We don’t like it when Daddy is away, but we are used to it. Sometimes we need to say how hard it is and how much we miss him, while other times saying it out loud makes it worse. My job is to give my children the opportunity, but not the requirement, to express their feelings. They come up while drawing together, making up silly songs in the car, and at bedtime when thoughts from the day are shared.

We stay in touch as much as we can with modern technology. I tell them when I am sending Daddy messages and photos. They know their co-pilots are still a team even when Daddy’s seat is empty. But I’ve noticed that my children want to hear about Daddy more than to talk to him directly. I think it is because talking to him on the phone is not close enough. They want to sit on his lap and talk. They want to be chased and snuggled. The voice on the phone is a reminder that he is far away. So we don’t insist that they talk to him on the phone. Seeing him on a screen is easier, and they like to have him show the view from his hotel room. But these are short interactions, rarely a time for long conversations.

Transitions are tricky, and we have developed some ways to smooth the hellos and goodbyes. My husband always asks for help packing, and often our children sneak little love notes in when he is not looking. As he leaves, he always gives a round of hugs and then says, “Be good!” We answer, “You too!” and that makes us laugh.

Later in the day we check the map and talk about where Daddy is headed and what route he will take to get there. We find the spot he will be and trace back and forth from us to him. We talk about holding him in our hearts. Sometimes we get out the globe and talk about whether it will be dark for him when it is light for us and vice versa. This orienting helps make his absence concrete; he is not just gone, he is some place specific in the world, and we can see it on a map.

When he gets home, there are more hugs, and then he takes out postcards from whatever city he has visited. Each child gets a postcard, and we all sit together looking at them and listening to stories about my husband’s trip. The postcards go in a big basket to be looked at again and again, and eventually many are put up on the wall. This simple routine has become very powerful for reconnecting our family. It gives us a focus at the moment when emotions are high and everyone is tired. It gives us a reason to sit together and a chance to begin to tell the stories of our time apart.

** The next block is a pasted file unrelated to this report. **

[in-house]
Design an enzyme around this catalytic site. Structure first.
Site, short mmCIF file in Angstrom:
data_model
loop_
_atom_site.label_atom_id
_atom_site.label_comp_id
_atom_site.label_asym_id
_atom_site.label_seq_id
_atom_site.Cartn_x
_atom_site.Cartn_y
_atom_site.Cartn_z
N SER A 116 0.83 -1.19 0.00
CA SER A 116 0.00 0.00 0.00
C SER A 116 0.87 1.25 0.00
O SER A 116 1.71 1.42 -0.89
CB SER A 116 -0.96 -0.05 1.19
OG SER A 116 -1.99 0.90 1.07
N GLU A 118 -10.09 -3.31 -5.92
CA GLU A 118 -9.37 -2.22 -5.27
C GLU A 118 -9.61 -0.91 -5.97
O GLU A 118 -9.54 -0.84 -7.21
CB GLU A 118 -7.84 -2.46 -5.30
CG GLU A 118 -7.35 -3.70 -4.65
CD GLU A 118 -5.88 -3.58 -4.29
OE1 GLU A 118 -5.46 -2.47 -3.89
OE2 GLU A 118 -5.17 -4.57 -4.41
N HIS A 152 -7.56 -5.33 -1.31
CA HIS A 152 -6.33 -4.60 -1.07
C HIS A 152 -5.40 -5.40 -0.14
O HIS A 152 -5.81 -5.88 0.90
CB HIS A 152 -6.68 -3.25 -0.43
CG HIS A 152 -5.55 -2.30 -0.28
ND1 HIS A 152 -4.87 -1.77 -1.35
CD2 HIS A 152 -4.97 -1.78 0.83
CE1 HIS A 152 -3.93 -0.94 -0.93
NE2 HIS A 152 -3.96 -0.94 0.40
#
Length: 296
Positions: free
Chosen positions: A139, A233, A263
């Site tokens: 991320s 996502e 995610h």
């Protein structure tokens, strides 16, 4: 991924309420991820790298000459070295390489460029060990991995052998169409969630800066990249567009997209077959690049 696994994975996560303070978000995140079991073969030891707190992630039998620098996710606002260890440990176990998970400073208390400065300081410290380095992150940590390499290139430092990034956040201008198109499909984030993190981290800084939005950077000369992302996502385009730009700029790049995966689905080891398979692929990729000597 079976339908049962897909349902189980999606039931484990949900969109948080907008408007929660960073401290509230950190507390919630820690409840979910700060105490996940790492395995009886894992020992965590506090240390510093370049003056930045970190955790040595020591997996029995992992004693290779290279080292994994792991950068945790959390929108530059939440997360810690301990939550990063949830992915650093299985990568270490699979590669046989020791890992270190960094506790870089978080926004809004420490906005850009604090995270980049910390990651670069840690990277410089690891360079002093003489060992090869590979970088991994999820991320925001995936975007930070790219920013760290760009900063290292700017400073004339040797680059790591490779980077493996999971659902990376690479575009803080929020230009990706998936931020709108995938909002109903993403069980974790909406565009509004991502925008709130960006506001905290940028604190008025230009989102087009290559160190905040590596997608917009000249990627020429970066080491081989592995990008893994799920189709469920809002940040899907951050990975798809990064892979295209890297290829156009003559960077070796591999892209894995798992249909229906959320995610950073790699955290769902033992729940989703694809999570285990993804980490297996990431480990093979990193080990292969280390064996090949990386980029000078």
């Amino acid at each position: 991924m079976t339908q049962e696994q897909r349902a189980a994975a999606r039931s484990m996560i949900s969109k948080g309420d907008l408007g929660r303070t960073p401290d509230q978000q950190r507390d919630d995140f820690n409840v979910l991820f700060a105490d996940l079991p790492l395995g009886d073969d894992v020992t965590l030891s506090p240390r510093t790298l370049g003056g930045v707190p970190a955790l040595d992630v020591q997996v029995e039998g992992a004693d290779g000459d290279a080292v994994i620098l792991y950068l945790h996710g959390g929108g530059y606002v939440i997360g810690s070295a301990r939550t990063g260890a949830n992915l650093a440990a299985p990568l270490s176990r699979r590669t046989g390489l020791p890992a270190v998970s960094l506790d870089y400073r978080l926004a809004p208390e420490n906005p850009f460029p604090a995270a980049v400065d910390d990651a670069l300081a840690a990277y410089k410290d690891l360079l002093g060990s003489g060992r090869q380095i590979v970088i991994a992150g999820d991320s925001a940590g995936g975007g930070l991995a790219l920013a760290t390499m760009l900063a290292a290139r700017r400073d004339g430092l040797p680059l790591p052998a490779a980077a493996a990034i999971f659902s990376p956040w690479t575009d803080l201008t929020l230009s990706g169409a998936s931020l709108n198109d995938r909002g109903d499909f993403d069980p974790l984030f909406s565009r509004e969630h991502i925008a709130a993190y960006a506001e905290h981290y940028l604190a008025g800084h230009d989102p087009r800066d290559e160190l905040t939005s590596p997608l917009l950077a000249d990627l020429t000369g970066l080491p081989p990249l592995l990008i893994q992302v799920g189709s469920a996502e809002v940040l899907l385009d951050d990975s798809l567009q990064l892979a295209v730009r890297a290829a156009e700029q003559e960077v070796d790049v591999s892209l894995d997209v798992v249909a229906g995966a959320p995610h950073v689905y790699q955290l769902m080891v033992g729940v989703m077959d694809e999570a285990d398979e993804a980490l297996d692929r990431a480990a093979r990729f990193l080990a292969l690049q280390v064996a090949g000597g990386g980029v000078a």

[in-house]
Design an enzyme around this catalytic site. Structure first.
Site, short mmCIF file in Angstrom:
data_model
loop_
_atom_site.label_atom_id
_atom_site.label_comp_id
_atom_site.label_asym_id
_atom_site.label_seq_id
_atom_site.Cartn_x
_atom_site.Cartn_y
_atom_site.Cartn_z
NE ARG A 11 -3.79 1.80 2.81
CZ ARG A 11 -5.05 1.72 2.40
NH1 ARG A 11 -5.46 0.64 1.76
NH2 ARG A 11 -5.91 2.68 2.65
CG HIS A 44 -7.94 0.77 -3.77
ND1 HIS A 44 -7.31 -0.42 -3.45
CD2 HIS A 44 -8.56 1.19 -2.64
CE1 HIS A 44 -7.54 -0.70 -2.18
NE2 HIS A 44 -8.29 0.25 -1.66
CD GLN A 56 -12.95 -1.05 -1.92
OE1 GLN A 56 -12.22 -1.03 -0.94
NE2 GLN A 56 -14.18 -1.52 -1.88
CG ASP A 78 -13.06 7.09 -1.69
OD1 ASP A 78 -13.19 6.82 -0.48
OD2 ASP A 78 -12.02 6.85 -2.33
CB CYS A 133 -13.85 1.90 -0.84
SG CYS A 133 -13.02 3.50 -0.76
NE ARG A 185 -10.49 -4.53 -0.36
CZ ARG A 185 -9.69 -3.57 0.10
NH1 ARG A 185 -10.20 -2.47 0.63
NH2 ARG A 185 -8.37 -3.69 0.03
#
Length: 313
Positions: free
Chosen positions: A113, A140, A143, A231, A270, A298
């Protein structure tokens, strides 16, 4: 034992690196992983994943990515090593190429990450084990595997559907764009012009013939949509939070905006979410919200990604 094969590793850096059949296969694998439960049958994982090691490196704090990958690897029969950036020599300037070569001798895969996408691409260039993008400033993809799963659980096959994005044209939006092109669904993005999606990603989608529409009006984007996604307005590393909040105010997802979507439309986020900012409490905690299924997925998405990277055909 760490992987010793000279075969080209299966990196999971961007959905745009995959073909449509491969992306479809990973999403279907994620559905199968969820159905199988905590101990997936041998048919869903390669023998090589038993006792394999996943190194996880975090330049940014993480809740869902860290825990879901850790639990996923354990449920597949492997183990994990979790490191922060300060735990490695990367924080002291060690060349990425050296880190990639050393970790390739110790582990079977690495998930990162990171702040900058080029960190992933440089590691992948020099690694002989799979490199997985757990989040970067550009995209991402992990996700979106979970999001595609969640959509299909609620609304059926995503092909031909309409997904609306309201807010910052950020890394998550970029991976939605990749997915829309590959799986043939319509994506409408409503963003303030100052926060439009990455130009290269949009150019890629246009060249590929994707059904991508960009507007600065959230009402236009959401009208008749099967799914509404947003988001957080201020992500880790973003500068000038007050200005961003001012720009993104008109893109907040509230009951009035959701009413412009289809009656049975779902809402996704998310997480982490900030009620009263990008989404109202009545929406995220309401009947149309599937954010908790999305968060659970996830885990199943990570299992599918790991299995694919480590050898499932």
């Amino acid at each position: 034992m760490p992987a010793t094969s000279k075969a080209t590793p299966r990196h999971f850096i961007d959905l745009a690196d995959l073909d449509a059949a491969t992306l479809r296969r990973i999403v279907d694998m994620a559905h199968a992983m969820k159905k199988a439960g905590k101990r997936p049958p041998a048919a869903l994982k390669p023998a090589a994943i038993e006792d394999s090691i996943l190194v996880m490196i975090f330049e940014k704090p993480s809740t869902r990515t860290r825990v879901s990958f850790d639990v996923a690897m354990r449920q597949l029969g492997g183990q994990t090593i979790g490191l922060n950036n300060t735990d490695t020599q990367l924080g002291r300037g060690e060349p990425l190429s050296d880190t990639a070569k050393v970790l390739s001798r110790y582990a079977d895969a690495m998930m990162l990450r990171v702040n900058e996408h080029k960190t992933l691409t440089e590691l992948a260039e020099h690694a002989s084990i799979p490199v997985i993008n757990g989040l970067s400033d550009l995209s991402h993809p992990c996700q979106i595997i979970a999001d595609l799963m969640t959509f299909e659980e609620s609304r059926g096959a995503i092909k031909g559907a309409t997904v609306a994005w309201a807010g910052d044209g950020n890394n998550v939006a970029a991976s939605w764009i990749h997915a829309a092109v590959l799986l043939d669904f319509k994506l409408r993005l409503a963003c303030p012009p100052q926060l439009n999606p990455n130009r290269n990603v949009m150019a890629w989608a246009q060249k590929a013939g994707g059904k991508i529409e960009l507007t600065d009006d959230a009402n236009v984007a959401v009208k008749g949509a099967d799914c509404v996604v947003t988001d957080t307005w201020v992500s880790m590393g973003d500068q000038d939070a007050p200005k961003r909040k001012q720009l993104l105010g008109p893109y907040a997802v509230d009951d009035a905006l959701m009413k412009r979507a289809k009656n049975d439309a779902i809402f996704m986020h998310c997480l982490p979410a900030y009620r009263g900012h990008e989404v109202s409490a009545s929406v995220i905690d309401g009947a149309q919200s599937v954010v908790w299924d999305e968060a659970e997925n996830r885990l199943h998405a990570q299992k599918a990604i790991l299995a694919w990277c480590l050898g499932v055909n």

Making room for my co-pilot to join me as a co-parent after an absence takes mindfulness on my part. I get used to doing everything, and so I have to remind myself to let him step in for the little things like helping wash hands, putting on shoes, going out to get the mail and peeling an apple.

We have a lot of family hugs in the days after he returns. We try to spend a day doing nothing in particular, giving us time to rest, play and be together with no agenda or time pressure. And we go on adventures together to celebrate our togetherness. But best of all, we continue the day in and day out rhythm of our lives, co-pilots holding hands and passengers dancing in the aisles, waiting for their next in-flight meal.

How Children Succeed

I am walking through Target with my three year old and stop to brows the book section. I am a sucker for parenting books and this title really caught my eye. “How CHILDREN SUCCEED” it blared in all caps. I picked it up expecting to read about a regiment of early online chess lessons and lots of worksheets. But then I read the subtitle “Grit, Curiosity and the Hidden Power of Character” and I decided maybe this would be something worth reading. I must have had the good book fairy on my shoulder that day because in my quick skim I stumbled on the quote below. As I read tears welled up and I stood petting my daughter’s hair as she flipped through a Dora coloring book. This is it, the science behind our instincts to nurture, love and support our children. To find this in such a mainstream place was heartening. To read such a clear confirmation that not only do we nurture because it feels right, but because it leads to their future happiness and general success in life was so reassuring.

“But to me, the most profound discovery this new generation of neuroscientists has made is the powerful connection between infant brain chemistry and adult psychology. Lying deep beneath those noble, complex human qualities we call character, these scientists have found, is the mundane, mechanical interaction of specific chemicals in the brains and bodies of developing infants. Chemistry is not destiny, certainly. But these scientists have demonstrated that the most reliable way to produce and adult who is brave and curious and kind and prudent is to ensure that when he is an infant, his hypothalamic-pituitary-adrenal axis functions well. And how do you do that? It is not magic. First, as much as possible, you protect him from serious trauma and chronic stress; then, even more important, you provide him with a secure, nurturing relationship with at least one parent and ideally two. That is not the whole secret of success, but it is a big, big part of it.”

From How Children Succeed: Grit, Curiosity and the Hidden Power of Character, by Paul Tough

Content Protected Using Blog Protector By: PcDrome.

© 2008-2022 Attachment Parenting International All Rights Reserved -- Copyright notice by Blog Copyright